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Indonesia Tsunami: Death Toll Rises To Nearly 1,350

The number of people known to have died in Friday’s earthquake and tsunami in Indonesia has risen to 1,347, disaster response officials say.

Indonesia Tsunami

The death toll jumped on Tuesday from a previously confirmed figure of 844.

The 7.5-magnitude quake struck just off the central island of Sulawesi, setting off a tsunami that engulfed the coastal city of Palu.

Aid supplies are beginning to arrive in the city, where survivors have no access to running water or electricity.

As tensions and need run high, police have begun guarding shops against looters.

Officers initially took a lenient approach to survivors seizing basic goods, deputy national police chief Ari Dono Sukmanto said, but some people have since been arrested for stealing computers and cash.

“After day two the food supply started to come in, it only needed to be distributed,” he said. “We are now re-enforcing the law.”

Humanitarian relief convoys entering the city are also being escorted by soldiers and police.

In a separate incident, a volcano began erupting on the same island, Sulawesi, on Wednesday.

Mount Soputan is about 1,000km (600 miles) away from Palu, and it was not immediately seen as a threat to the aid operation.

Everyone wants to get out. Most can’t and are having to endure another day without power and limited drinking water. In the town square people patiently wait in line to refill water bottles.

Those that can make it here receive two meals a day, from a community kitchen run by volunteers and gallon of water to bathe in.

Erna Wahyuni is cutting up a mountain of cabbage for soup. Her house was destroyed, but she wants to help.

“I was saved so I have to give back. It’s also hard just sitting in a tent in the hot sun all day, I would rather be cooking,” she laughs.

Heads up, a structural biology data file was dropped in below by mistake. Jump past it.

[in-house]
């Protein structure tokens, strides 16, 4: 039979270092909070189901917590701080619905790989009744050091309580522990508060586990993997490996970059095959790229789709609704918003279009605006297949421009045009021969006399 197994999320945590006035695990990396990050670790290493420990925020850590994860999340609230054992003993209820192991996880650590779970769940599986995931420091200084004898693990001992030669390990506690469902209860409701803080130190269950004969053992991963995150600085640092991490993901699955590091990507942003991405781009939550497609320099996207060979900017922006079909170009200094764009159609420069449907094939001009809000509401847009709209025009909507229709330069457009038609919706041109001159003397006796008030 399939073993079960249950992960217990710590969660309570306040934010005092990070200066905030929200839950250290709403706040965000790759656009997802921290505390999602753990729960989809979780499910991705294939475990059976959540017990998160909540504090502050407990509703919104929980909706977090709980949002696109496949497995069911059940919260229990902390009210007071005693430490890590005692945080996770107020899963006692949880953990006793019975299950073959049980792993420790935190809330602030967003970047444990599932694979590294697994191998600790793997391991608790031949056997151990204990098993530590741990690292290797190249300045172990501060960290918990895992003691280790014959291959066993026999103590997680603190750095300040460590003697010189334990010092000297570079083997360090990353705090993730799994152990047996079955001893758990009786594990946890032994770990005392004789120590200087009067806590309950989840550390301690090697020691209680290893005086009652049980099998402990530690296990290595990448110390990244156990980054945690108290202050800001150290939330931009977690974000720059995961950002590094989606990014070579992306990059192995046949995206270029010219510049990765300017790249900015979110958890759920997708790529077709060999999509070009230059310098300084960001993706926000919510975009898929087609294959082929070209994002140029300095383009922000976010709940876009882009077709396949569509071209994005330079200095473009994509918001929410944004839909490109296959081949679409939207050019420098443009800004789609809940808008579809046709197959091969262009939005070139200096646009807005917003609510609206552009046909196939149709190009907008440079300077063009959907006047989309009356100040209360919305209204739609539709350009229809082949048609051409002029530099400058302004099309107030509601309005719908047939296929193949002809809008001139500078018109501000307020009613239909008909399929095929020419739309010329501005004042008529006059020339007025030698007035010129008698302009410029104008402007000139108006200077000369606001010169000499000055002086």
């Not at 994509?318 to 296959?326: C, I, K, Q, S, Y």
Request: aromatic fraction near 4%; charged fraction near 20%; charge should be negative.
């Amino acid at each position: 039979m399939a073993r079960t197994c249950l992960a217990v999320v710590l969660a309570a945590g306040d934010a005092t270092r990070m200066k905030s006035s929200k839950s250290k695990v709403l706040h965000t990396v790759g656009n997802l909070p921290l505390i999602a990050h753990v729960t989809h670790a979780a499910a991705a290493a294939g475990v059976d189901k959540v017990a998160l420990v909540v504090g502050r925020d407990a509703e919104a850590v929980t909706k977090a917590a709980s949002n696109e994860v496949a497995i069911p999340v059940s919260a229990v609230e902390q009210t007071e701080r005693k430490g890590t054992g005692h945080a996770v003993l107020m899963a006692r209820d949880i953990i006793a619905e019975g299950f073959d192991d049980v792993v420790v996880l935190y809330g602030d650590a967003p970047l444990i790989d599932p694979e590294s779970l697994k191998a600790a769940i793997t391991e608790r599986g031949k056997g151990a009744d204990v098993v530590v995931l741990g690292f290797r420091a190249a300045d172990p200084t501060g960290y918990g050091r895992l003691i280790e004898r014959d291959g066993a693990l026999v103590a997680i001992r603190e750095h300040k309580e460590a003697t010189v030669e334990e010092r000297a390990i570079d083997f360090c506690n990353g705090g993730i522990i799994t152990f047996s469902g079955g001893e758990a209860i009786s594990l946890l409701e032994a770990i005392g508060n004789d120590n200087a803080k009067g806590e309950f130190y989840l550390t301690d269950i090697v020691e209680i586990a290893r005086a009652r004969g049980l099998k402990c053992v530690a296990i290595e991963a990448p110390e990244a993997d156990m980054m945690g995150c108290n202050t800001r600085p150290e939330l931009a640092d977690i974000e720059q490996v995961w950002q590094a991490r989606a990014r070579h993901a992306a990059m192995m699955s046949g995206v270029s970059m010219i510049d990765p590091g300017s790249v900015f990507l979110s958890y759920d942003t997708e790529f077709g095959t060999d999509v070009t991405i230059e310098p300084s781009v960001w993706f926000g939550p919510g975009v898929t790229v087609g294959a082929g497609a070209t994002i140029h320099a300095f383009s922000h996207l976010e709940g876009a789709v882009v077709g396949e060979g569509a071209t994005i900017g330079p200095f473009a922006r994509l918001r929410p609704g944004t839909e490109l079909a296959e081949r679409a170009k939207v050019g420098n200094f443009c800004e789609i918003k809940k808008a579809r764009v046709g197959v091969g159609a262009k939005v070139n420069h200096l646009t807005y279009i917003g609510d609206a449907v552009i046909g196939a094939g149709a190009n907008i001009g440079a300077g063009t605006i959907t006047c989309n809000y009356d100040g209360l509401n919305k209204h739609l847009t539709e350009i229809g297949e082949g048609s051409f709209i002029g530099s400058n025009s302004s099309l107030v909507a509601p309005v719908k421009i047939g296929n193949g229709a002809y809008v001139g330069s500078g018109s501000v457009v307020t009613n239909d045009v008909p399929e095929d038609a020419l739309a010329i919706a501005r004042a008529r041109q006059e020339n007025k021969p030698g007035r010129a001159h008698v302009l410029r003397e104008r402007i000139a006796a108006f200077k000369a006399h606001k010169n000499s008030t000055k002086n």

Are there still hopes of finding survivors?

Among the people confirmed dead are 34 Indonesian students, whose bodies were found under a church buried by one mudslide. Dozens more are still missing there.

Teams have so far recovered three survivors from the ruins of the collapsed Hotel Roa Roa in Palu. An estimated 50 people were also inside when the quake hit.

Why was the disaster so bad?

The 7.5-magnitude quake occurred at a depth of 10km (6.2 miles) just off the central island of Sulawesi at 18:03 (10:03 GMT) on Friday.

Scientists believe it may have triggered an underwater landslide which set off a tsunami. The waves built up height and speed as they travelled down the long narrow bay towards Palu.

Vice-President Jusuf Kalla has said the final death toll could be in the thousands, while the Red Cross estimates that more than 1.6 million people have been affected.

Tony Williams
Tony Williams
Tony Williams is a seasoned journalist with over 10 years of experience covering a wide range of topics, from local news to international events. With a keen eye for detail and a passion for uncovering the truth, Tony has won numerous awards for his investigative reporting. He holds a degree in journalism from the University of California and has worked for several top-tier newspapers. Tony is known for his tenacity and commitment to delivering high-quality journalism to his readers, and he is widely respected in the industry for his integrity and professionalism.
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